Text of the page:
Let’s talk about height, Hobart City

In light of recent planning approvals for several buildings in Hobart, the Property Council today encouraged the Hobart community to have an open and honest debate about building height. 

“The Property Council supports a community discussion regarding building heights.  Far too often the debate is simplistic and doesn’t consider the economic and community benefits of specific clever architectural designs which showcase sympathetic solutions,” Executive Director TAS, Brian Wightman said.

Recently approved taller buildings in the city include the new Royal Hobart Hospital building (68m), the UTAS Melville Street student housing project (40m), the Myer/Crowne Plaza Hotel (53m), and the Palace Hotel (63m).  Proposals currently before Hobart City Council include Fragrance Group’s hotels proposed for Collins and Davey Streets which would be taller again at a reported 83m and 120m.

The Property Council called for a more sophisticated approach concerning decisions regarding the height issue in planning applications.

The Tasmanian Division has led the calls for Development Assessment Panels whose decisions would reduce the politics in development assessment.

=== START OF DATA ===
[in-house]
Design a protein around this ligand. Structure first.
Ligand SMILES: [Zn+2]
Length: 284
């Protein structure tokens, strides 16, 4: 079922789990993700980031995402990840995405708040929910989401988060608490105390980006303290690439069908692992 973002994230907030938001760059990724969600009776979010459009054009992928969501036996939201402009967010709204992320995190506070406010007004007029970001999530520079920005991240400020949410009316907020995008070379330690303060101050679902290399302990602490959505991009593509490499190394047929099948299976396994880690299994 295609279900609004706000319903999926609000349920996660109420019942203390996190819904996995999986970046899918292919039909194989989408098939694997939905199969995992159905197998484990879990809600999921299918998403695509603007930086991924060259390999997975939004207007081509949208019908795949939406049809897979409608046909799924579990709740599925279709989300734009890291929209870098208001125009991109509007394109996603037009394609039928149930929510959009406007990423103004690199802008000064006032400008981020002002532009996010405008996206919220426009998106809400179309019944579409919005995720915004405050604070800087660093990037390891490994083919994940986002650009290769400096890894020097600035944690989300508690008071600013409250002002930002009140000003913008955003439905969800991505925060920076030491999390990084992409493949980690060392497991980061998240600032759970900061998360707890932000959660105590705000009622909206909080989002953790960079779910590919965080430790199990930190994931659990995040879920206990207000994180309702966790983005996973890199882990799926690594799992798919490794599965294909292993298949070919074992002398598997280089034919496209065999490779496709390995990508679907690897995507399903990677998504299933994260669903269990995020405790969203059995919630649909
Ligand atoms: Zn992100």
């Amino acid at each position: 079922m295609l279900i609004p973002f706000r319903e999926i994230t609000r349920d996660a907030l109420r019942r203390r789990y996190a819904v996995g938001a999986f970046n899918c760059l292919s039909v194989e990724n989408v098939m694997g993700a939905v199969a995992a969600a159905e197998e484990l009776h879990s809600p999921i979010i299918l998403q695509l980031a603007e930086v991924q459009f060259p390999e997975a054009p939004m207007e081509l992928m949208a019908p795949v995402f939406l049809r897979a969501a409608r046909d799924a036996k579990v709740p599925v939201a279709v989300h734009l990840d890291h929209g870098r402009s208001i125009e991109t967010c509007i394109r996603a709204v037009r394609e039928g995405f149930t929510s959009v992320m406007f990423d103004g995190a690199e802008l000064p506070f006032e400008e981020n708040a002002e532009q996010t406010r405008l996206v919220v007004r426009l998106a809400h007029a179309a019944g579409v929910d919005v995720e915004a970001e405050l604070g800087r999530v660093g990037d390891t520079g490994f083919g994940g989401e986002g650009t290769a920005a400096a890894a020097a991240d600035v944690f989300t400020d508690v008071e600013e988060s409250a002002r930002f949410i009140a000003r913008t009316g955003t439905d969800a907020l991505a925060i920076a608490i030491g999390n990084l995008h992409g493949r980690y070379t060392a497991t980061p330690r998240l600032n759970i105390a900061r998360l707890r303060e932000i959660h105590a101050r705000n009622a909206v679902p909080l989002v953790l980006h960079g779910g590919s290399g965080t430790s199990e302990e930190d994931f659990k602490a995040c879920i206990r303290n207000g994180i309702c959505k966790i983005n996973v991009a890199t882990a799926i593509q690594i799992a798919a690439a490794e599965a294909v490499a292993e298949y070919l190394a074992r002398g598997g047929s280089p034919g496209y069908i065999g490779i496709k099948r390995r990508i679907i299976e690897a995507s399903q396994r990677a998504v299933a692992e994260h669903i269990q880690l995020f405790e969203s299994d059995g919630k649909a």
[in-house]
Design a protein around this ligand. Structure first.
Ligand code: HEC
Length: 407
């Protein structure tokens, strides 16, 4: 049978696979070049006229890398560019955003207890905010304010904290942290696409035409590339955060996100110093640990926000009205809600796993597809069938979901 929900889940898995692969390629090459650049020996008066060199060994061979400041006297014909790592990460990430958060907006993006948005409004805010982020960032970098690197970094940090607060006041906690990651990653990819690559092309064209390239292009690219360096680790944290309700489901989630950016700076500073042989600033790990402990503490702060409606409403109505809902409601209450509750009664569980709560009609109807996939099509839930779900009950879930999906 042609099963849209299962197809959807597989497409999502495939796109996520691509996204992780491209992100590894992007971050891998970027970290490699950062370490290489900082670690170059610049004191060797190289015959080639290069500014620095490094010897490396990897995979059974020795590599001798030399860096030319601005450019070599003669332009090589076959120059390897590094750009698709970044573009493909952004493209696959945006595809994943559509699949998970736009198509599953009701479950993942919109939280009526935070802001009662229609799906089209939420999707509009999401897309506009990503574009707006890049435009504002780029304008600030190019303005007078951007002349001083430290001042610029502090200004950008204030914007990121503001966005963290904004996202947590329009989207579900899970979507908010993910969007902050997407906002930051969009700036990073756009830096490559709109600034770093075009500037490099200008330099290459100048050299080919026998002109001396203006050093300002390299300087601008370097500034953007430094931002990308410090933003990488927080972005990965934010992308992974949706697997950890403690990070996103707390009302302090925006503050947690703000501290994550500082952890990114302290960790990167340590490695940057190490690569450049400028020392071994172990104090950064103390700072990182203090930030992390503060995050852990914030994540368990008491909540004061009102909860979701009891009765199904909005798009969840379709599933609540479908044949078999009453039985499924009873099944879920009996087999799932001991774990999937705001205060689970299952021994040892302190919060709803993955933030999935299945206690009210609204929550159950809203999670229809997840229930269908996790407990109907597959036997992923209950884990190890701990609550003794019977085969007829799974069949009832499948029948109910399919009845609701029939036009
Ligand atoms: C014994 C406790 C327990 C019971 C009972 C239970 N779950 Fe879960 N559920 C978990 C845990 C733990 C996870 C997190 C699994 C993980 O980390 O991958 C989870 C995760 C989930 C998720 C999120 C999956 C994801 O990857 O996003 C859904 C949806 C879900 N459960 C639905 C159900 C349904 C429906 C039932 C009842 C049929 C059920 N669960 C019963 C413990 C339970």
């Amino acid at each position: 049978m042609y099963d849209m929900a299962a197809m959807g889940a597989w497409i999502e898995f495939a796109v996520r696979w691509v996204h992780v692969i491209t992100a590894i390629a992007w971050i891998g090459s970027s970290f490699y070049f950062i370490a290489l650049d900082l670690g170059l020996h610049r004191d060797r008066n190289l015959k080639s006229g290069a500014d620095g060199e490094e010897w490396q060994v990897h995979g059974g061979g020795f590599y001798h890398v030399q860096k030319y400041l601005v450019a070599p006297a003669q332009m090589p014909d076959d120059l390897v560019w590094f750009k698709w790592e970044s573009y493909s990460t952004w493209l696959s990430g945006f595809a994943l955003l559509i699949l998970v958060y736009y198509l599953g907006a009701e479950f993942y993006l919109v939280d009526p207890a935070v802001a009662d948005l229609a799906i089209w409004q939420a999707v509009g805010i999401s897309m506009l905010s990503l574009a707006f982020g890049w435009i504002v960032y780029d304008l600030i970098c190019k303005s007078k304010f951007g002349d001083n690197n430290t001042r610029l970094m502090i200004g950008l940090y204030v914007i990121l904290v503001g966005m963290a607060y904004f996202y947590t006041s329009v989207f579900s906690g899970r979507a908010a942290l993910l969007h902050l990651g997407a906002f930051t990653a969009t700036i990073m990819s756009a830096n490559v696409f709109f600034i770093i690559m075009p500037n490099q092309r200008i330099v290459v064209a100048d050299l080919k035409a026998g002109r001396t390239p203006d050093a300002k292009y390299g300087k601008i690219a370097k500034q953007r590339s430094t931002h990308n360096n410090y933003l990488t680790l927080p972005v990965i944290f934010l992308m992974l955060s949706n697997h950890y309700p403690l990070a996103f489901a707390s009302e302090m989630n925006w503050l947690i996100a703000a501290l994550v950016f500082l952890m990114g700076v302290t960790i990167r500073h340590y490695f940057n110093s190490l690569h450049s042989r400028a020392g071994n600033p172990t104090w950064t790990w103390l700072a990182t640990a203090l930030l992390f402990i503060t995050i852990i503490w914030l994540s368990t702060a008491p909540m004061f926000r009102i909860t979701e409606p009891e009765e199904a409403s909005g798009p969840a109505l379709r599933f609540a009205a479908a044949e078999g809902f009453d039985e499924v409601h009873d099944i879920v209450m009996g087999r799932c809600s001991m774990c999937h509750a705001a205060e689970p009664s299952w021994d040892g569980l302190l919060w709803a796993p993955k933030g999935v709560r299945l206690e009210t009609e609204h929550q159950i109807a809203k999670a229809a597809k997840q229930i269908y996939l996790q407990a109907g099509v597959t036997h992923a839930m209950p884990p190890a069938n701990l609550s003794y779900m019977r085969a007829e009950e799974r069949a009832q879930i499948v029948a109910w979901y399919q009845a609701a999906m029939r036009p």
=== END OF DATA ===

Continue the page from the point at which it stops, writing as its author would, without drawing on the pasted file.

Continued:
“The current applications before the Hobart City Council and the community debate which has flowed highlight the reasons why Panels, representing the State, Local Government and independent experts, should assess proposals of significant economic benefit.

“The Development Assessment Panel could also be linked to a Design Review Panel to ensure that the highest design quality is achieved for major projects, as is done in NSW,” he said.

The Property Council called for a discretionary height limit linked to a specific public benefit test that would create certainty for both developers and the community. 

 “The provision of affordable housing, public infrastructure, art works, public open spaces, and environmental sustainability as community benefits related to large scale developments should be objectively considered without the fear of political ramifications,” he said.

Mr Wightman encouraged the Tasmanian community to consider the importance of the jobs that the property and construction sector delivers in Tasmania when investors and developers have confidence in decision-making processes.

“A focus on continuous economic growth will be underpinned by the property and construction sector but this does not have to be at the expense of the liveability or beauty of our cities,” he said.  

Media contact: Brian Wightman, Executive Director Tasmania | [email protected]